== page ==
Czech Republic among 14 European countries in violation of right to equal opportunities and pay

Czech Government Human Rights Commissioner Helena Valkova said that she considered the European Committee of Social Rights report a warning

ČTK

Written by ČTK
Published on 30.06.2020 09:25 (updated on 30.06.2020)

The Czech Republic has violated the European Social Charter by not securing transparency in the remuneration of men and women and their balanced representation in firms’ management, the European Committee of Social Rights (ECSR) said in a report released Monday.

Czech Government Human Rights Commissioner Helena Valkova said in reaction that she considered the committee’s decision a warning that the Czech Republic can still improve something in securing equal chances for both genders.

She added that she would like to submit a draft new government strategy of gender equality to the cabinet this autumn.

The European Social Charter is a Council of Europe (CE) treaty on social and economic rights which became effective in 1965. Czechoslovakia signed it in 1992 after the 1989 fall of the communist regime, and its successor state, the Czech Republic, took up its commitments after Czechoslovakia’s split a year later.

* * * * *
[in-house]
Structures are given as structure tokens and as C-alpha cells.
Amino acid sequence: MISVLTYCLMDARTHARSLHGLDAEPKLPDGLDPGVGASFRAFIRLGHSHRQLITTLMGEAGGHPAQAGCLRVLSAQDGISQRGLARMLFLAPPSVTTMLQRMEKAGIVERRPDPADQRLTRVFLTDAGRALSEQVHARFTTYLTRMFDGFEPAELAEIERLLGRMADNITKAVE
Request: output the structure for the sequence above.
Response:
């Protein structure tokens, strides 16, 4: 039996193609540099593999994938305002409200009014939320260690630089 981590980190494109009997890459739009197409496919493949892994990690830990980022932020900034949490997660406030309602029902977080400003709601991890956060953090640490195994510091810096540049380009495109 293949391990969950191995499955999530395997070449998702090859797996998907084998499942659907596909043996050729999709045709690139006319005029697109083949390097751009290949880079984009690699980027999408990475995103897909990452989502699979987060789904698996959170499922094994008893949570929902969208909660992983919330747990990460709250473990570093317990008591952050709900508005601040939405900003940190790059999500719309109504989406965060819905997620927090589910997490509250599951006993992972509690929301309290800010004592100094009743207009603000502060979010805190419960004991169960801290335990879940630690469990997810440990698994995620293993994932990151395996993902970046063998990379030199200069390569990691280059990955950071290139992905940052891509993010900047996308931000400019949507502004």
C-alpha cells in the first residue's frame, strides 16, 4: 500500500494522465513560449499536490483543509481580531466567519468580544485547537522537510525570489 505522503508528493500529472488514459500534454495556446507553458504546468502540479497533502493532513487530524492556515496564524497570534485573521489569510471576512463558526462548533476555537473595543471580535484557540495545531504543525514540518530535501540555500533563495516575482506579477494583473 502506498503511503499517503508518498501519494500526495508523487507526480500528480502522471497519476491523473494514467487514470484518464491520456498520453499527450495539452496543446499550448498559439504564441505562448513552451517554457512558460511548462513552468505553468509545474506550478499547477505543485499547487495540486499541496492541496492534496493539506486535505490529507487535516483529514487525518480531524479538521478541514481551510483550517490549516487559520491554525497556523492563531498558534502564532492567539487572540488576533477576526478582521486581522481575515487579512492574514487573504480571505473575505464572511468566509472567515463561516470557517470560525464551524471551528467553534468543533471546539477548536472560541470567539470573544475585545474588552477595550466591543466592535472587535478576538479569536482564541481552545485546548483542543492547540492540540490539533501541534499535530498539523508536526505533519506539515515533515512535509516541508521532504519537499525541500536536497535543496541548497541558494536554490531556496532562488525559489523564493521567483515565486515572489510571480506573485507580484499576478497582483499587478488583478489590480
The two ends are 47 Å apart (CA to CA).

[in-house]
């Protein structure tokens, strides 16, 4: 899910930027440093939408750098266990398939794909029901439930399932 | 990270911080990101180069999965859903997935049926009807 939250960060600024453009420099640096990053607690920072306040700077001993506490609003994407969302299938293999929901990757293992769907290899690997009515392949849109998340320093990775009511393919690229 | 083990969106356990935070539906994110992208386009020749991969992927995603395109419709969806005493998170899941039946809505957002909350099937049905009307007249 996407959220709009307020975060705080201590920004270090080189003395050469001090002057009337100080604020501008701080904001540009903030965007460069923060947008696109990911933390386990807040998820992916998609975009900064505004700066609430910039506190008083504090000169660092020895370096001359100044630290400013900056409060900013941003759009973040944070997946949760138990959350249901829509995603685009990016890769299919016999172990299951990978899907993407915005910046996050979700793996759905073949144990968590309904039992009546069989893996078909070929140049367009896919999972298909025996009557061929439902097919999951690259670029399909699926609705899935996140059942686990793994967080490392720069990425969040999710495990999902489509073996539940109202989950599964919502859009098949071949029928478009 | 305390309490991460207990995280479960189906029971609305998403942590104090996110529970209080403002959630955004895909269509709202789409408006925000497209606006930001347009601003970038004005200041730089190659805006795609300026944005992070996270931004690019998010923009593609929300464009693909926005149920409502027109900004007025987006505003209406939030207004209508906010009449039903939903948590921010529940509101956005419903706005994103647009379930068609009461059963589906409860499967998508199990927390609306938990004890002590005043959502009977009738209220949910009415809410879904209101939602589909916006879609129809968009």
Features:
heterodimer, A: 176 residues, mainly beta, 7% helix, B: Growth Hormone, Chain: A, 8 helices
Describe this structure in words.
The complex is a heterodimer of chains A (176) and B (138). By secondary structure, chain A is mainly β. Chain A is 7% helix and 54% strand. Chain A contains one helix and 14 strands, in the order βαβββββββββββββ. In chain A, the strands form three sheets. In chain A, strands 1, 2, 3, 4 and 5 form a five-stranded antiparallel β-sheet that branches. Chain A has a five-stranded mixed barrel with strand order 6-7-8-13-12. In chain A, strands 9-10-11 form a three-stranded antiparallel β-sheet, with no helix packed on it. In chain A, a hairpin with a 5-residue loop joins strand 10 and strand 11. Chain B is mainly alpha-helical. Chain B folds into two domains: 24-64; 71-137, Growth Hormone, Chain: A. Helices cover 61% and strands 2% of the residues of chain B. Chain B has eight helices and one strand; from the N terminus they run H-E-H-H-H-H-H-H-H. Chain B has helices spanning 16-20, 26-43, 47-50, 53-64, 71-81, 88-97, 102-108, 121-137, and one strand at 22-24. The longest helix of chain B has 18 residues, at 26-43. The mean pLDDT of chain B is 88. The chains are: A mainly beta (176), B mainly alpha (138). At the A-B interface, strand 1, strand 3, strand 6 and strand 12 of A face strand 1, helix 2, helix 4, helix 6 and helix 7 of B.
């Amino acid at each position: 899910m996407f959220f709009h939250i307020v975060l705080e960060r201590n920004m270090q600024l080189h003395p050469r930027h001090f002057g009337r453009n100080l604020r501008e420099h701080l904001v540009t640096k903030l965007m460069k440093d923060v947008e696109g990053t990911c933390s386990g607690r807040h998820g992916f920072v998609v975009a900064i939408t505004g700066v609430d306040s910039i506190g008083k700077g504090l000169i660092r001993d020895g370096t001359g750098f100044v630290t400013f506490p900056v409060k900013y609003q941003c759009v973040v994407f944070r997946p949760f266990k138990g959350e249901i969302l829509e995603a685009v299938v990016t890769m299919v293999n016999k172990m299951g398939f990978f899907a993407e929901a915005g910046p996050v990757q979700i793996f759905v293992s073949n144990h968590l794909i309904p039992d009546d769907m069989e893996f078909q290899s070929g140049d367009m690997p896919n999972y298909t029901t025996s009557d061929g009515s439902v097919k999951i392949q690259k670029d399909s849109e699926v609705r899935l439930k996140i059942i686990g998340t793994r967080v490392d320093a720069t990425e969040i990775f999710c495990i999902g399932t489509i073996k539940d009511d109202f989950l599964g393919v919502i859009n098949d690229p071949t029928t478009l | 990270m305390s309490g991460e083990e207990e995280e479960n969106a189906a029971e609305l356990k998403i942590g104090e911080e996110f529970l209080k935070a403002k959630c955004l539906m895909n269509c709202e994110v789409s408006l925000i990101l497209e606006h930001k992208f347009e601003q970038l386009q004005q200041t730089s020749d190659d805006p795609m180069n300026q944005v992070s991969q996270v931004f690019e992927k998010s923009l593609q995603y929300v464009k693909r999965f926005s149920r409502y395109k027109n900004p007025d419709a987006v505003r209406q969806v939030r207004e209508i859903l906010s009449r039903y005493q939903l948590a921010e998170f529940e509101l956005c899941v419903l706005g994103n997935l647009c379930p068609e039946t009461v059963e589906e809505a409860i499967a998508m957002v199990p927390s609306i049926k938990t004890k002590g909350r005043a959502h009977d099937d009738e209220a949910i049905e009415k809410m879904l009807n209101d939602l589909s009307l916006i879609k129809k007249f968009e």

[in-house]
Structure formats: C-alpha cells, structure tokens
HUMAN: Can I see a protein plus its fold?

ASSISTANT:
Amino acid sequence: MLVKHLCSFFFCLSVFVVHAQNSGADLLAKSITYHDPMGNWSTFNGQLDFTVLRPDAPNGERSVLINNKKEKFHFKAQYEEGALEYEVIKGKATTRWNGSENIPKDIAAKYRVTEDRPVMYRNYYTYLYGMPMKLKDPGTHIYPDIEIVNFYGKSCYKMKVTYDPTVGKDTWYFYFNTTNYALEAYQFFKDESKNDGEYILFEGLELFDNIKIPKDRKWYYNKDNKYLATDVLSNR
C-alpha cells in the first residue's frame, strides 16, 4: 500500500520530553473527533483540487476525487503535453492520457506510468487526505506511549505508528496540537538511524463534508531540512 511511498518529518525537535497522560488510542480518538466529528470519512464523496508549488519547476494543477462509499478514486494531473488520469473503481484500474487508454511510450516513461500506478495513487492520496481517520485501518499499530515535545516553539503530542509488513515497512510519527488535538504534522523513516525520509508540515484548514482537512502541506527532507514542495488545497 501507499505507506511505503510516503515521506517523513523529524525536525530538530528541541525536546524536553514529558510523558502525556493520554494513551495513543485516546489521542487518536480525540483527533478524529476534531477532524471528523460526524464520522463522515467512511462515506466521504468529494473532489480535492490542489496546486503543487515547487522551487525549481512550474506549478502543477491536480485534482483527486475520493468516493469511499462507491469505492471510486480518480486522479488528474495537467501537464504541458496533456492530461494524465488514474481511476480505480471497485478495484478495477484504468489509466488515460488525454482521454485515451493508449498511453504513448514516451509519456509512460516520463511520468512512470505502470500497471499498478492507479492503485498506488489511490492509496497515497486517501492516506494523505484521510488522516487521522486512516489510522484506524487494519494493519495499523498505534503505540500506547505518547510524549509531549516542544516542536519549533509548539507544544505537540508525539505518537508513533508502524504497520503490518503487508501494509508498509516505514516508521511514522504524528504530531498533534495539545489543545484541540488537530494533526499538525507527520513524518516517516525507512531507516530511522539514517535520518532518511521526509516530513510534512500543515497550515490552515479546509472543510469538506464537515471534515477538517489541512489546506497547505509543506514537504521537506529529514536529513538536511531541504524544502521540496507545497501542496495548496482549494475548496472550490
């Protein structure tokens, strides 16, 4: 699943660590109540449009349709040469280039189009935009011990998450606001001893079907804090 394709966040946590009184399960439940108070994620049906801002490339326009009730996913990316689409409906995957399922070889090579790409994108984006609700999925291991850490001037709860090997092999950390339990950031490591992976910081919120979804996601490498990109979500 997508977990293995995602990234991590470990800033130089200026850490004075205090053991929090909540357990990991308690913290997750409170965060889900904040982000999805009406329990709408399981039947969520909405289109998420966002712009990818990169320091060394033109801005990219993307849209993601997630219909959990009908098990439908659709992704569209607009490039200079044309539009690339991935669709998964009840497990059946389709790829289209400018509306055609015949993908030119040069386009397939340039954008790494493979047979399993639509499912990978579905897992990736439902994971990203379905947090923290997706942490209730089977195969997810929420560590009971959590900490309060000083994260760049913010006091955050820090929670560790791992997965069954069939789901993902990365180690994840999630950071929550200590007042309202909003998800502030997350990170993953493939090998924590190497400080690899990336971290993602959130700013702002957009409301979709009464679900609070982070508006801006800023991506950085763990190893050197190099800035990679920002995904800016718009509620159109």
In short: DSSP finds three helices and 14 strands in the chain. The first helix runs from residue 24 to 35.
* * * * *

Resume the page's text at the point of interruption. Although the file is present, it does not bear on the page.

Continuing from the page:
The ECSR is observing the charter fulfillment. Its 15 members are elected by the CE’s Committee of Ministers for six years.

The University Women of Europe (UWE) organization complained about the gender pay gap and a low share of women in decision-making posts in the Czech Republic in August 2016.

The ECSR released the result of the respective proceedings today. It unanimously decided that the Czech Republic had clearly violated the Charter’s provision since it did not secure transparency in remuneration and enable comparison of posts in practice. The committee admits that the Czech government has taken some steps, but no visible progress has been reached.

In 2016, women made up 10.1 percent in the biggest firms’ management in Czechia, and in 2019, it was some 18.5 percent, while the EU average is 27.8 percent, the ECSR says. It reminds that the Czech government set a goal to achieve 40 percent of women in decisive positions in both the public and private sectors years ago, but it never adopted the respective legal regulation.

Women have long earned about one-fifth less than men in the Czech Republic on average since they often work in the fields with lower salaries. Besides, maternity leave affects their lower pay. However, some polls show that women are paid less than men in the same posts in Czechia as well.